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ellenberg

Year
28 April 2020

Dancing chromosomes

Picture of the week In human cells, the genetic material is packaged into 23 different DNA molecules, the chromosomes. Each chromosome is present in two copies, one inherited from the paternal sperm, and the other from the maternal egg. During most of the cell’s life, chromosomes take the shape of long,…

2020

picture-of-the-week

10 September 2019

Tracking the beginning of life

Picture of the week All mammalian life starts with the fusion of egg and sperm, resulting in the creation of a single cell called a zygote. This develops into an embryo through a series of cell divisions, in which the number of cells doubles at each step. Todays’ Picture of the Week was taken by Manuel Eguren of the…

2019

picture-of-the-week

21 April 2016 Both the John Kendrew and Lennart Philipson Awards consist of a gold medal and a cash prize of €5,000, presented in recognition of the very special work of alumni. PHOTO: EMBL Photolab

Alumni awards

Alumni EMBL rewards the special work of alumni through the John Kendrew and Lennart Philipson awards.

2016

alumni

21 April 2016 Anne Ephrussi wears the medal of the Order of Légion d’Honneur, the highest distinction in France. PHOTO: EMBL Photolab/Marietta Schupp

Awards & Honours

Lab Matters EMBL scientists regularly receive prestigious awards – meet the latest honourees.

2016

lab-matters

17 December 2015 Digital zebrafish embryo provided the first complete developmental blueprint of a vertebrate in 2008. IMAGE: EMBL/Keller et al.

SPIM doctors

Science From initial development to a start-up company: Selective Plane Illumination Microscopy (SPIM) at EMBL.

2015

science

26 August 2015 Hands-on sessions were a crucial part of the course. PHOTO: EMBL Photolab/Marietta Schupp

Super impressions

Events "It's like living a review!" Participants of recent super-resolution microscopy course share their highlights

2015

events

24 August 2015

Celebrating excellence

Alumni EMBL rewards the special work of alumni through the John Kendrew and Lennart Philipson awards.

2015

alumni

16 March 2015

No humans required

Science New fully automated technique enables scientists to chart complex protein networks in living cells.

2015

science

20 October 2014

Breaking boundaries

Science How Nobel-winning work by alumnus Stefan Hell shapes and inspires current EMBL scientists' research.

2014

science

18 August 2011 Circling chromosomes. Chromosomes (blue) form a ‘belt’ around the centre of the spindle (green), discovered by the EMBL scientists.

Fishing games gone wrong

Science When an egg cell is being formed, the cellular machinery which separates chromosomes is extremely imprecise at fishing them out of the cell’s interior, scientists at the European Molecular Biology Laboratory (EMBL) in Heidelberg, Germany, have discovered. The unexpected degree of trial-and-error…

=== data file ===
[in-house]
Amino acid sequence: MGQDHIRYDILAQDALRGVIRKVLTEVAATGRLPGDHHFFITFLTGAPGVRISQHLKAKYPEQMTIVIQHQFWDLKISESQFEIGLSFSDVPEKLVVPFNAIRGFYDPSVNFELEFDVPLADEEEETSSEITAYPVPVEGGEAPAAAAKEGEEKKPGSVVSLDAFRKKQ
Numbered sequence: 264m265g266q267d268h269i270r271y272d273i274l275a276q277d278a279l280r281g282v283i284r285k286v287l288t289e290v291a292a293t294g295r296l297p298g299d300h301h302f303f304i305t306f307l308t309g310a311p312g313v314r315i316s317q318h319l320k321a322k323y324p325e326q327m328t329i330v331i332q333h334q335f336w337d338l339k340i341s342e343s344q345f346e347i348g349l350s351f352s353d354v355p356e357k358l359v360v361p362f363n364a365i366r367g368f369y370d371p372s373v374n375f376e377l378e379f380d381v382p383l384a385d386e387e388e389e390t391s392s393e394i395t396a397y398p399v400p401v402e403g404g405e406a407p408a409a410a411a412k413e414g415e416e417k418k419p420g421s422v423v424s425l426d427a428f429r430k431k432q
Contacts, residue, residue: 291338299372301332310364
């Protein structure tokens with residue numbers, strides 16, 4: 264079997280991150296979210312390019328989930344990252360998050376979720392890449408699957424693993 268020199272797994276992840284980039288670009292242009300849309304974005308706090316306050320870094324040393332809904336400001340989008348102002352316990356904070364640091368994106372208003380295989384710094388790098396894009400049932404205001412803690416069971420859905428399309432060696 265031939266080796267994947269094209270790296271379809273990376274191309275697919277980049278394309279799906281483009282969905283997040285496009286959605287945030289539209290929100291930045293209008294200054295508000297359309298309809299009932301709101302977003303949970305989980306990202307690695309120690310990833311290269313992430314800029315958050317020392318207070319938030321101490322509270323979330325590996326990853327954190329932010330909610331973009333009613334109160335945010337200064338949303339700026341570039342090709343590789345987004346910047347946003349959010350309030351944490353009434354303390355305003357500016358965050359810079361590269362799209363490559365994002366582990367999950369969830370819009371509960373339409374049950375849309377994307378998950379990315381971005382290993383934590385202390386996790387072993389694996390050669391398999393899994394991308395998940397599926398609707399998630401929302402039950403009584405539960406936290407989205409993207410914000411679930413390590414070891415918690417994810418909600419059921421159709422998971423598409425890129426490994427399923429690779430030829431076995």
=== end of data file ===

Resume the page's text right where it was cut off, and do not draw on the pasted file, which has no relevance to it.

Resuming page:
2011

science

23 January 2011 Micropilot detected cells at particular stages of cell division

Intelligent microscopy

Science The sight of a researcher sitting at a microscope for hours, painstakingly searching for the right cells, may soon be a thing of the past, thanks to new software created by scientists at the European Molecular Biology Laboratory (EMBL) in Heidelberg, Germany. Presented today in Nature Methods, the…

2011

science

2 December 2010 Euro-BioImaging will provide open access to state-of-the-art biological imaging techniques like fluorescence microscopy, which produced this snapshot of chromosomes (blue) being pulled apart in a dividing egg. Image credits: EMBL/ T. Kitajima

Better imaging from bench to bedside

Science From microscopy to computer tomography (CT) scans, imaging plays an important role in biological and biomedical research, but obtaining high-quality images often requires advanced technology and expertise, and can be costly. Euro-BioImaging, a project which launches its preparatory phase today,…

2010

science

1 April 2010 Each of these large images of dividing cells is composed of several microscopy images of human cells in which different individual genes were silenced. The smaller images are placed according to genes’ effects: images for genes that affect chromosomes make up the chromosomes (red/pink), while the mitotic spindle (green) is composed of images for genes that affect it. IMAGE: Thomas Walter & Mayumi Isokane / EMBL

Movies for the human genome

Science Name a human gene, and you’ll find a movie online showing you what happens to cells when it is switched off. This is the resource that researchers at the European Molecular Biology Laboratory (EMBL) in Heidelberg, Germany, and their collaborators in the Mitocheck consortium are making freely…

2010

science

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